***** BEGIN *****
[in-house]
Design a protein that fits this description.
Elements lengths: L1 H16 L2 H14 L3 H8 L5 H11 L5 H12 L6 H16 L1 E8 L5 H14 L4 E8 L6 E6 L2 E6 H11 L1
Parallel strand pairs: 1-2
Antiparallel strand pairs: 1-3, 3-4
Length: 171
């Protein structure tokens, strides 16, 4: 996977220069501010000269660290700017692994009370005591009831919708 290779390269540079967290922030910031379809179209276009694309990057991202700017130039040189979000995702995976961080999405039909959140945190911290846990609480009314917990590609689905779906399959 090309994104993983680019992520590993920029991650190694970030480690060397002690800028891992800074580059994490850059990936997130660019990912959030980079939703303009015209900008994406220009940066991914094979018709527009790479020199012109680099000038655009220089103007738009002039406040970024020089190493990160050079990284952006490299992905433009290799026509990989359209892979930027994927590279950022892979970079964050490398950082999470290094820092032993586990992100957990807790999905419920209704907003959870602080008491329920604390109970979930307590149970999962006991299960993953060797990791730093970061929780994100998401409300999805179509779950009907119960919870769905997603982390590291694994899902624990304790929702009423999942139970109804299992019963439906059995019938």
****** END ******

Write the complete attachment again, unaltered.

[in-house]
Design a protein that fits this description.
Elements lengths: L1 H16 L2 H14 L3 H8 L5 H11 L5 H12 L6 H16 L1 E8 L5 H14 L4 E8 L6 E6 L2 E6 H11 L1
Parallel strand pairs: 1-2
Antiparallel strand pairs: 1-3, 3-4
Length: 171
């Protein structure tokens, strides 16, 4: 996977220069501010000269660290700017692994009370005591009831919708 290779390269540079967290922030910031379809179209276009694309990057991202700017130039040189979000995702995976961080999405039909959140945190911290846990609480009314917990590609689905779906399959 090309994104993983680019992520590993920029991650190694970030480690060397002690800028891992800074580059994490850059990936997130660019990912959030980079939703303009015209900008994406220009940066991914094979018709527009790479020199012109680099000038655009220089103007738009002039406040970024020089190493990160050079990284952006490299992905433009290799026509990989359209892979930027994927590279950022892979970079964050490398950082999470290094820092032993586990992100957990807790999905419920209704907003959870602080008491329920604390109970979930307590149970999962006991299960993953060797990791730093970061929780994100998401409300999805179509779950009907119960919870769905997603982390590291694994899902624990304790929702009423999942139970109804299992019963439906059995019938």